Let's start with the bloodshed:
Massacre in Uzbekistan Up to 500 protesters feared dead. Ex-ambassador accuses UK of failing democracy movement (By Stephen Khan and Francis Elliott in London and Peter Boehm in Tashkent, 15 May 2005, The Independant of London)
Hundreds of protesters are reported to have been gunned down in bloody clashes with government forces that have ravaged eastern Uzbekistan.
One human rights observer in the eastern city of Andizhan said that up to 500 people may have perished in the shootings and the gun battles that followed. A doctor spoke of "many, many dead", witnesses said 200 to 300 people were shot dead, and an AP reporter saw at least 30 bodies in Andijan. As night fell, tension was high, with armoured vehicles positioned at crossroads and trucks blocking main thoroughfares. Terrified demonstrators tried to flee the country, seen as a key ally by Britain and the US in the war on terror.
...In a severe rebuke to London and Washington's approach to the region, Britain's former ambassador to the country yesterday said the countries had swallowed Uzbek propaganda that sought to portray the democracy movement as a brand of Islamic extremism.
... "The Americans and British wouldn't do anything to help democracy in Uzbekistan," he said. Uzbekistan provides a base for US forces engaged in anti-terrorism operations in neighbouring Afghanistan.
Mr Murray added: "We didn't provide support for those who were trying to develop democratic opposition, and that includes these people in Andizhan. People are turning to violence because we ... gave them no support."
Instead, "we" (the U.S. and Britain) have been supporting the government in Uzbekistan, because that governmnet has been providing "us" with bases from which to launch the "war on terror".
Actually, I think this isn't because of any "war on terror". And it's clearly not about promoting democracy, because otherwise "we" would have supported the democratic movement there. Instead it is geopolitics and the grabbing of resources that's important. Uzbekistan is, after all, part of the proposed pipeline route to get Oil out of the land which used to be central Soviet-Union. The rest of the proposed route was Afghanistan and Pakistan, neither of which are achieving much democracy, but both of which are getting U.S. support because of their cooperation.
In the Guardian of London: Anger as US backs brutal regime Human rights concerns as troops put down uprising in Uzbekistan (Nick Paton Walsh in Moscow and Paul Harris in New York, Sunday May 15, 2005)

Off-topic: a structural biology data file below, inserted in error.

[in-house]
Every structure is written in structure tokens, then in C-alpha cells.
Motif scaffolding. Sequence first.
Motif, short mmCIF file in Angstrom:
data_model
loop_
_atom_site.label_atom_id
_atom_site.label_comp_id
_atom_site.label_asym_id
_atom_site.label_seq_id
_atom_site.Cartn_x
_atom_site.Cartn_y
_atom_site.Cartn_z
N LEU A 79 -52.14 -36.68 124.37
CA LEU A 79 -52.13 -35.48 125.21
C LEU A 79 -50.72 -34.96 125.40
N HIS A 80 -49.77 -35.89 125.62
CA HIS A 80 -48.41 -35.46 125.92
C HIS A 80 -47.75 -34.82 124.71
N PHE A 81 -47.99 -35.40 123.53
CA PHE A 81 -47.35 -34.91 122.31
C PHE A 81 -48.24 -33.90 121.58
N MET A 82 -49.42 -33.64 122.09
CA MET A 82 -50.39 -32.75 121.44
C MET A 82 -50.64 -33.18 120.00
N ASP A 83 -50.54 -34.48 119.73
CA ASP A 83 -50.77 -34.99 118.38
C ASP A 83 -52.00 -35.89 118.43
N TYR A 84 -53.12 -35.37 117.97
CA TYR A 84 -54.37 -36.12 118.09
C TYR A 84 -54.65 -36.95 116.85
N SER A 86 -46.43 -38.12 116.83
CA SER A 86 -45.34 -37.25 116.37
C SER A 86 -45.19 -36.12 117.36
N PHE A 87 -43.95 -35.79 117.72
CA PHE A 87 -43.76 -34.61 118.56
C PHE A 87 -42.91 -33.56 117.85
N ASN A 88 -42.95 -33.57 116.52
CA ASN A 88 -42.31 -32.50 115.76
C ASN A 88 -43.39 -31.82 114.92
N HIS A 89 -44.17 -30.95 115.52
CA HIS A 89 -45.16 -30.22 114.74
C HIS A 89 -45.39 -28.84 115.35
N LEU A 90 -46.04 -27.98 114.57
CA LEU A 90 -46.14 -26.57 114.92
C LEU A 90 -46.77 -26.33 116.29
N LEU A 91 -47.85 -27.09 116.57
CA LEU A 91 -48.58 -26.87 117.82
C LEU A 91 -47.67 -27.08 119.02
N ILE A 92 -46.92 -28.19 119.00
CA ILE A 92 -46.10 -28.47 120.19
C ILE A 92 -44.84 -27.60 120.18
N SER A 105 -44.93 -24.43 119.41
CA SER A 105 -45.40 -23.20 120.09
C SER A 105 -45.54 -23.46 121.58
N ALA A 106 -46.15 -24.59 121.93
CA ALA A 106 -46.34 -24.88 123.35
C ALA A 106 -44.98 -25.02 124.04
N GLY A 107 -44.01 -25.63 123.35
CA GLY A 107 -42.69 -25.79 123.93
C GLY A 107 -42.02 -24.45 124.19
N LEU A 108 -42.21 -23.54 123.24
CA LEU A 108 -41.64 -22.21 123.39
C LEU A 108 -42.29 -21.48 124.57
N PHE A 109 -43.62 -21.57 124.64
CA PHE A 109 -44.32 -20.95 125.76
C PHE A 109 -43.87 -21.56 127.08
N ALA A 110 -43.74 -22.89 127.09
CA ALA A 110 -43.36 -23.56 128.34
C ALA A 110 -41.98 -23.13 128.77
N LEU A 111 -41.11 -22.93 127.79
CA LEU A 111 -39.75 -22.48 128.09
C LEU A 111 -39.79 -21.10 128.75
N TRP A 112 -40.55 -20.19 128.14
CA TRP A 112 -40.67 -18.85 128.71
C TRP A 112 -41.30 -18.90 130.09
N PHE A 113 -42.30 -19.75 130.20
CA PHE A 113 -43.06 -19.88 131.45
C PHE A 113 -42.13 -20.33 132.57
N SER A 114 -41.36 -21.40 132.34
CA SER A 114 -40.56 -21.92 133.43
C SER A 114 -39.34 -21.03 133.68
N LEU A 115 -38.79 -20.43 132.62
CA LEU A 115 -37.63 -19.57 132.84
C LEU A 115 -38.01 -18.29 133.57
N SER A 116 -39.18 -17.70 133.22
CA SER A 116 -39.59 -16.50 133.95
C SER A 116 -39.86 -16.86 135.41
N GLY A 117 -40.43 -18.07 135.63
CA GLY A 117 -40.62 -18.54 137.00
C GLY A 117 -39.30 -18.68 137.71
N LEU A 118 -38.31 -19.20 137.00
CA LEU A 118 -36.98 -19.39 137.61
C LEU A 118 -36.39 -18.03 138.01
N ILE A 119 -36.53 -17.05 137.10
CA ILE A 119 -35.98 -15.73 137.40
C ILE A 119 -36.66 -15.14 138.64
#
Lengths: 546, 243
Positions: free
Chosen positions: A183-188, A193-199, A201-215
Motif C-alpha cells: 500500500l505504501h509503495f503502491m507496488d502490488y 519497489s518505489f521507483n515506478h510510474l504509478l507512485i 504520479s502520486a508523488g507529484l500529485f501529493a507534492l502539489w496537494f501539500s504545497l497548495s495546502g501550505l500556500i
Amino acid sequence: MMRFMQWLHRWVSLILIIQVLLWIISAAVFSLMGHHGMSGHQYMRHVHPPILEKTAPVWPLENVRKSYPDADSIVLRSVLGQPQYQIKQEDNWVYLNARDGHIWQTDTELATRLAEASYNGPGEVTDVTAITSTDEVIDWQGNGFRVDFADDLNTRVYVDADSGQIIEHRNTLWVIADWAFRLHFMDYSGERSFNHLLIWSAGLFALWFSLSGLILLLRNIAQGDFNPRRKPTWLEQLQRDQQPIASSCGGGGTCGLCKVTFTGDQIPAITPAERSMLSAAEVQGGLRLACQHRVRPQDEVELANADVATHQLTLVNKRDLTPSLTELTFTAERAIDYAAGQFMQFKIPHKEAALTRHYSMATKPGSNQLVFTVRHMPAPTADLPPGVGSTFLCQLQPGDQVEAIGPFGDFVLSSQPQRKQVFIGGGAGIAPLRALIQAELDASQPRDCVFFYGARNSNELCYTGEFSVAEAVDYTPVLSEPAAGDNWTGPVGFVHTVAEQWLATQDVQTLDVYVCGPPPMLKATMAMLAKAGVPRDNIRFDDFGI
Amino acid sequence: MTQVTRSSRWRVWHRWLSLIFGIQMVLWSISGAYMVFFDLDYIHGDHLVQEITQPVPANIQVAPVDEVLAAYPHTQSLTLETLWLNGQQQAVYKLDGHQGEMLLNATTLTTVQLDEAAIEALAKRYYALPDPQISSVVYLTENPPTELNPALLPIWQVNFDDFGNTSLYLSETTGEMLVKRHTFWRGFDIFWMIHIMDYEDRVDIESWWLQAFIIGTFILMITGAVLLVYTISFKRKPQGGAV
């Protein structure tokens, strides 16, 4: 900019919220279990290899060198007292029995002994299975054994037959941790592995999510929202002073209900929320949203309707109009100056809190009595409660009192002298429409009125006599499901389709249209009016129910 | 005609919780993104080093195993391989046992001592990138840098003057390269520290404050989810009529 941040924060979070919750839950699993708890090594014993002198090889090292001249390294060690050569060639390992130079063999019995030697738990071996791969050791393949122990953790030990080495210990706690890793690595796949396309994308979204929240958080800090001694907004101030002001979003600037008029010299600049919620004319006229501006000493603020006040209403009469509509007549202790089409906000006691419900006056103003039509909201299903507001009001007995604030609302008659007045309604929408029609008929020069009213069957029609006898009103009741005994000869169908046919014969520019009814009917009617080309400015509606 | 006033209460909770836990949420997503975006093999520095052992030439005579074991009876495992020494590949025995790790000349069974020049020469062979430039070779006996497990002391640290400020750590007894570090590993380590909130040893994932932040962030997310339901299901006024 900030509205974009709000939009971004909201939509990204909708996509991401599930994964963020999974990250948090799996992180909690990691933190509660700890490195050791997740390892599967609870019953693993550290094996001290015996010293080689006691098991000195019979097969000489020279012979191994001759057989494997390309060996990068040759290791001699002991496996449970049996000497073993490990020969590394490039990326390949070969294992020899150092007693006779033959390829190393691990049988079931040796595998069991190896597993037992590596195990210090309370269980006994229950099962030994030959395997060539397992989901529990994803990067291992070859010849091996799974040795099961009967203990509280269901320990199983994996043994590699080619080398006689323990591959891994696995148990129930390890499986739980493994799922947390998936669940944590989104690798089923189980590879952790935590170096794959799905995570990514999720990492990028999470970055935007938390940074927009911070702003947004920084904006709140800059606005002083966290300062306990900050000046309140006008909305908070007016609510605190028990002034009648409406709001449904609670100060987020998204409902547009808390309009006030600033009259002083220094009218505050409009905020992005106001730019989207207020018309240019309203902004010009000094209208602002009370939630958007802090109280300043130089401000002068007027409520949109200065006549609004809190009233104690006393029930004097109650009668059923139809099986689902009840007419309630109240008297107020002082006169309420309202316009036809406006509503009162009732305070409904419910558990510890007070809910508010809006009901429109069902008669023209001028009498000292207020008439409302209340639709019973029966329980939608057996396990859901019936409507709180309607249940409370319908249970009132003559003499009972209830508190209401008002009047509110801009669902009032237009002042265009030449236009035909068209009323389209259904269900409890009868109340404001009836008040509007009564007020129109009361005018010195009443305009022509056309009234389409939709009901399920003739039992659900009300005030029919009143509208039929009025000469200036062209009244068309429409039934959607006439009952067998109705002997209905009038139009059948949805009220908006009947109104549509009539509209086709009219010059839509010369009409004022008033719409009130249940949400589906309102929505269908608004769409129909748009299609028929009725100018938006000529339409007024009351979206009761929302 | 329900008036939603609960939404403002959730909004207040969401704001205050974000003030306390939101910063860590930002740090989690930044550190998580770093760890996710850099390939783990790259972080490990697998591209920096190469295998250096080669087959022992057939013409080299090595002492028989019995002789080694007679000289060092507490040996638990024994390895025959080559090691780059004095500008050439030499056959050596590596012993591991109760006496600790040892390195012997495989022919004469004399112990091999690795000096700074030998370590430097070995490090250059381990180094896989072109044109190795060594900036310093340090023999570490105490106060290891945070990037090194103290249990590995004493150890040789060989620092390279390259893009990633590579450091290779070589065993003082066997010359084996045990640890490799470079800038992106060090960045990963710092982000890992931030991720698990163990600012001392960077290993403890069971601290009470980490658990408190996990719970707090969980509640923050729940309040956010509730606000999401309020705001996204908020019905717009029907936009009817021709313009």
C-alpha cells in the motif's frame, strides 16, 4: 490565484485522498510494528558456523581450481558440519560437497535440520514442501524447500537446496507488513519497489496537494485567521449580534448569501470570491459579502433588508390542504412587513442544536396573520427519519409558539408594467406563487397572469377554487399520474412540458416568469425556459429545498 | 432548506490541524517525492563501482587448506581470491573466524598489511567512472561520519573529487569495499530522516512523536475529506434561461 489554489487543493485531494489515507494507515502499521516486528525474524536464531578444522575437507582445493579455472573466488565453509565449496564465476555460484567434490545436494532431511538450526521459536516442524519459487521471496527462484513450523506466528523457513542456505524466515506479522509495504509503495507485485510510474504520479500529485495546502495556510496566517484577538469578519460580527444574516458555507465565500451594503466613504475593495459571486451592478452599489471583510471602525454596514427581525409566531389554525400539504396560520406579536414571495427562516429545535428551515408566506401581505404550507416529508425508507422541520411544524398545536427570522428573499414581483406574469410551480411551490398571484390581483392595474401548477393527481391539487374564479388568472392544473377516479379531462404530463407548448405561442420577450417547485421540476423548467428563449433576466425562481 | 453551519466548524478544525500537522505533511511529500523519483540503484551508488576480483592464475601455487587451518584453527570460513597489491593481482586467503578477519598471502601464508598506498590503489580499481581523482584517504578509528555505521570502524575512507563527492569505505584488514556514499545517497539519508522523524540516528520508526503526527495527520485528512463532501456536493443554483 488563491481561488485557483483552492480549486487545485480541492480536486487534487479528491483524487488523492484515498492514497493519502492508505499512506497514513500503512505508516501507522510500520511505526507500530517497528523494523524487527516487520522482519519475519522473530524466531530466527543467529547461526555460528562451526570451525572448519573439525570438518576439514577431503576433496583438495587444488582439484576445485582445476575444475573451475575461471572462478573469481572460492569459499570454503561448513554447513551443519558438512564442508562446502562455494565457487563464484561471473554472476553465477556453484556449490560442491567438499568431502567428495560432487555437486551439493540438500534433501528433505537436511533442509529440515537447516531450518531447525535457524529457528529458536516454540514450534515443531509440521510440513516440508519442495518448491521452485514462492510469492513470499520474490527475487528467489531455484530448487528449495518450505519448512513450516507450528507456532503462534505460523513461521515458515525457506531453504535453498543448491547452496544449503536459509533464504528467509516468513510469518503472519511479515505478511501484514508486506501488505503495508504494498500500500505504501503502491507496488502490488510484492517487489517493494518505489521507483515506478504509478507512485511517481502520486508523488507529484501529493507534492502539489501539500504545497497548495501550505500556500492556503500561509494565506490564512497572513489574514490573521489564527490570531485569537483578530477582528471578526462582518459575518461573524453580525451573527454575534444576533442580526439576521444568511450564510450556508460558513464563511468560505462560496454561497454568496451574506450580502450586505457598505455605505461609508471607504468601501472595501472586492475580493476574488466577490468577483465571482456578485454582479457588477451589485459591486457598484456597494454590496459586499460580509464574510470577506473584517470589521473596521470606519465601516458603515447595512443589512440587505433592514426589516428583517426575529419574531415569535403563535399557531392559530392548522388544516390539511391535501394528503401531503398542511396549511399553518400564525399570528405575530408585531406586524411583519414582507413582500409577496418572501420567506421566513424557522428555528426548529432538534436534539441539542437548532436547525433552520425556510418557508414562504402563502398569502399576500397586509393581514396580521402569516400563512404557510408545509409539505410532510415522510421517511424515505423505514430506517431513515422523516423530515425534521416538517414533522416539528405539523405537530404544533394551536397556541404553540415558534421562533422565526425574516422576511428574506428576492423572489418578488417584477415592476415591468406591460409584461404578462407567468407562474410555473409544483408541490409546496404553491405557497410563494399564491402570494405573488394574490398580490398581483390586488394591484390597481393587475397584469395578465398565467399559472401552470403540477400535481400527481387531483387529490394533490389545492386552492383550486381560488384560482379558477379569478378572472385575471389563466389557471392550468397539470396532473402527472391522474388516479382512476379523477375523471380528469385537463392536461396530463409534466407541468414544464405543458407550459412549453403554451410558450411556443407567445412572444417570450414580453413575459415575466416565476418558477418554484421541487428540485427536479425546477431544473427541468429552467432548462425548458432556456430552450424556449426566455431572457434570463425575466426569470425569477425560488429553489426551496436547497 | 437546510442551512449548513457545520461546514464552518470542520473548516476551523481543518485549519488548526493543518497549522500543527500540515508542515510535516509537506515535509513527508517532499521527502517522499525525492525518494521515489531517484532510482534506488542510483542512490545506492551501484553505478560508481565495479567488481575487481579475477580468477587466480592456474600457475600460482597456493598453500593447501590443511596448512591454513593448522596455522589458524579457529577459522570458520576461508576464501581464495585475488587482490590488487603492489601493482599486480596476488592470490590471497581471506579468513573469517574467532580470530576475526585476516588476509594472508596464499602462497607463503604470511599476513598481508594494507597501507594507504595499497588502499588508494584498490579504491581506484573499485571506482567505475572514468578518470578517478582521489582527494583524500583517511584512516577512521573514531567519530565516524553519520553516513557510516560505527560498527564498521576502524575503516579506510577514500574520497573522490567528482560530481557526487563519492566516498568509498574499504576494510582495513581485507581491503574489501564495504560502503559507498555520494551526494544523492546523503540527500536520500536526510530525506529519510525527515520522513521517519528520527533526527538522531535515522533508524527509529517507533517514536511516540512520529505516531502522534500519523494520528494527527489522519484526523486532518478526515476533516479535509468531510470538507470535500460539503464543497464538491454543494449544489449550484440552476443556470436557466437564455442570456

Heated criticism was growing last night over 'double standards' by Washington over human rights, democracy and 'freedom' as fresh evidence emerged of just how brutally Uzbekistan, a US ally in the 'war on terror', put down Friday's unrest in the east of the country.
Outrage among human rights groups followed claims by the White House on Friday that appeared designed to justify the violence of the regime of President Islam Karimov, claiming - as Karimov has - that 'terrorist groups' may have been involved in the uprising.
... Witnesses and analysts familiar with the region said most protesters were complaining about government corruption and poverty, not espousing Islamic extremism.
... Uzbekistan is believed to be one of the destination countries for the highly secretive 'renditions programme', whereby the CIA ships terrorist suspects to third-party countries where torture is used that cannot be employed in the US. Newspaper reports in America say dozens of suspects have been transferred to Uzbek jails.
The CIA has never officially commented on the programme. But flight logs obtained by the New York Times earlier this month show CIA-linked planes landing in Tashkent with the same serial numbers as jets used to transfer prisoners around the world. The logs show at least seven flights from 2002 to late 2003, originating from destinations in the Middle East and Europe.
... Critics say the US double standards are evident on the State Department website, which accuses Uzbek police and security services of using 'torture as a routine investigation technique' while giving the same law enforcement services $79 million in aid in 2002. The department says officers who receive training are vetted to ensure they have not tortured anyone.